The wealth of space missions launched in 2021 guarantee a year filled with new findings from across the solar system — and beyond.
Several countries are planning for 2022 to be the year they send robotic explorers to the moon — while planning ahead for the return of humans to the lunar surface in the future.
Here’s what to expect from our exploration of space in 2022.
Mars was a hotspot in 2021, with three missions from separate countries arriving on the red planet early in the year, and the interest in the fourth planet from the sun is only heating up.
Another robotic explorer will also touch down on the red planet. Europe’s first planetary rover is ready to launch.
The larger ExoMars program includes the Trace Gas Orbiter, which was launched to Mars in 2016 and has been sending back scientific data. The Trace Gas Orbiter will also relay information gathered by the rover after it lands on Mars.
Once the ExoMars rover launches in September from Baikonur, Kazakhstan, it will spend nine months cruising through space before reaching Mars on June 10, 2023. The rover will land at Oxia Planum, an area just north of the Martian equator. Oxia Planum is an area containing layers of clay-rich minerals formed in wet conditions 4 billion years ago.
The mission is intended to search for life on Mars and investigate its history of water. The rover has the capability to drill beneath the surface of Mars to a depth of 6.5 feet (2 meters), where the scientists hope they may find signs of life.
Across the solar system
Prepare for more stunning images from NASA’s Juno mission, which has been orbiting Jupiter since 2016. During its extended mission, the spacecraft is moving on to observe some of Jupiter’s 79 moons. It will make a close sweep by one of its most captivating moons, Europa, in September.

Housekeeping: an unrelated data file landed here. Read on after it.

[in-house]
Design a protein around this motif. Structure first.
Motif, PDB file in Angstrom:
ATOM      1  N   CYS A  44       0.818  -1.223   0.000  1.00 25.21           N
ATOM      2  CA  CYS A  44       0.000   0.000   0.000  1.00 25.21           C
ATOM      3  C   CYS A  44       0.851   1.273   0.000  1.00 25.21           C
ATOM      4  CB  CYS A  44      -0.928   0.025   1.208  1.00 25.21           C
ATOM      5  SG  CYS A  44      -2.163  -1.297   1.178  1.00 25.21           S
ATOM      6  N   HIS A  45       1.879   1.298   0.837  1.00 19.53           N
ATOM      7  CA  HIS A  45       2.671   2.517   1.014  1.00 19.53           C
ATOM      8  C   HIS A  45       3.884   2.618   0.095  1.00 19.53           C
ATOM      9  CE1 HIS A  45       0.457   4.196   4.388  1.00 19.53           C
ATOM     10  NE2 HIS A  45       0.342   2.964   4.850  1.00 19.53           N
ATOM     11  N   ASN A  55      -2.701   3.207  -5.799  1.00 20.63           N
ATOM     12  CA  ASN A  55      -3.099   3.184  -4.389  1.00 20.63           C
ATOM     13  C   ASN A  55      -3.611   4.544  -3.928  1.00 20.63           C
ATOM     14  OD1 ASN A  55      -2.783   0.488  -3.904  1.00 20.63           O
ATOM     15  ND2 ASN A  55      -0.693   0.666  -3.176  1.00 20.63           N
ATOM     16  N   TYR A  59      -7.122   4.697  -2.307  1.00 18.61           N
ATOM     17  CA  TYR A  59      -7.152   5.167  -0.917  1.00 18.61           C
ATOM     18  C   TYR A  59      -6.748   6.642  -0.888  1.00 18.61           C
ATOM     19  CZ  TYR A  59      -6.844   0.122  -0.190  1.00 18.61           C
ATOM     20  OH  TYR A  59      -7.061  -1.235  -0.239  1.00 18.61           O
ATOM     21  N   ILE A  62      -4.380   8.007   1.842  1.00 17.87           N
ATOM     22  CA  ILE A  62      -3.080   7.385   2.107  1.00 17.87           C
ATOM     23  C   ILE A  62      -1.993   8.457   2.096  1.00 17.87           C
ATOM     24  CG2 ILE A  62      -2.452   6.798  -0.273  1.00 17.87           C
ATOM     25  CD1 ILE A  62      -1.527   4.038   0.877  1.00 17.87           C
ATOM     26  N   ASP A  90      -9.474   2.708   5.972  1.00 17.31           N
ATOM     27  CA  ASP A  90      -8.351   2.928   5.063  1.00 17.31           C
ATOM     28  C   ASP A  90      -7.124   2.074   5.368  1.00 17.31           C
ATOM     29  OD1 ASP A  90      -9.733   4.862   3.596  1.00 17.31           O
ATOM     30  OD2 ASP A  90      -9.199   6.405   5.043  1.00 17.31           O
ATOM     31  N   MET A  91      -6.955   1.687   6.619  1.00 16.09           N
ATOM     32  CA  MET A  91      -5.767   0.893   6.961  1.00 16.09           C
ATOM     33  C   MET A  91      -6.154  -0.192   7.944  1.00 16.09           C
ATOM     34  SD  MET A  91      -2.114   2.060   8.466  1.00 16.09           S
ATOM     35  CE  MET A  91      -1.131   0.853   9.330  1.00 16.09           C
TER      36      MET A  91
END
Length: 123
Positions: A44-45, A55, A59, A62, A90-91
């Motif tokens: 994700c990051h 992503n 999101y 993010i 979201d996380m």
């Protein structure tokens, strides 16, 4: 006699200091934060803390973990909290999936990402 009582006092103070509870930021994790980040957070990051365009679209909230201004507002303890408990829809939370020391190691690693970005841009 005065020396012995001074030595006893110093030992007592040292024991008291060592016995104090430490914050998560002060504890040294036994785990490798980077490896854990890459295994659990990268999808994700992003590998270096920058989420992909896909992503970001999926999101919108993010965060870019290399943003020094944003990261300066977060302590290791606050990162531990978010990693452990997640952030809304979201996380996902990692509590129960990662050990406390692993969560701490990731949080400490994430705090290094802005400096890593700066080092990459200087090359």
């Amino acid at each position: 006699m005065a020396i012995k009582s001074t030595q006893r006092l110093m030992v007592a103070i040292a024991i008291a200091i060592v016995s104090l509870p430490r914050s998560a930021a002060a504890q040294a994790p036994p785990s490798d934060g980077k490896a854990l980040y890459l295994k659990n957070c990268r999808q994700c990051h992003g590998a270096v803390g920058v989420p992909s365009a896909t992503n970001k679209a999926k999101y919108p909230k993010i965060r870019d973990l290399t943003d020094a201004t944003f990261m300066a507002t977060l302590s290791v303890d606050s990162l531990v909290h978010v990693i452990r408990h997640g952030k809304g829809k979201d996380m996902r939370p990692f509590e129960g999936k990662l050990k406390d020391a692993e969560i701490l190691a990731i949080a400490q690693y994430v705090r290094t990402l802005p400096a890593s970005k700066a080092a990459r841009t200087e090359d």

Europa intrigues scientists because a global ocean is located beneath its ice shell and it could support life. Occasionally, plumes eject from holes in the ice out into space. Juno may observe those plumes in action.
The collision will be recorded by LICIACube, or Light Italian Cubesat for Imaging of Asteroids, a companion cube satellite provided by the Italian Space Agency. Three minutes after the impact, the CubeSat will fly by Dimorphos to capture images and video.
The video of the impact will be streamed back to Earth, which should be “pretty exciting,” said Elena Adams, DART mission systems engineer at the Johns Hopkins Applied Physics Laboratory.
Eyes on the moon
In 2022, everyone is looking to send robots to the moon.
The Indian Space Research Organisation will send its Chandrayaan-3 spacecraft on a lunar mission in 2022.
However, the orbiter for that mission has remained safe as it continues to circle the moon, and it will be used as a communications relay for Chandrayaan-3. The mission will include a lunar lander and rover similar to that of Chandrayaan-2.
The Japan Aerospace Exploration Agency is expected to launch SLIM, or the Smart Lander for Investigating Moon mission, in 2022.
Preparing for human spaceflight
In January, the stacked spacecraft and rocket will go through the final test, called a wet dress rehearsal, which includes running through the full set of operations to load propellant into the fuel tanks and a launch countdown — basically everything necessary for a launch without actually launching.
The launch of Artemis I, an uncrewed mission serving as the first step of the ambitious program, will likely lift off in March or April.
During the flight, the Orion spacecraft will launch atop the SLS rocket to reach the moon and travel thousands of miles beyond it — father than any spacecraft intended to carry humans has ever traveled. This mission is expected to last for a few weeks and will end with Orion splashing down in the Pacific Ocean.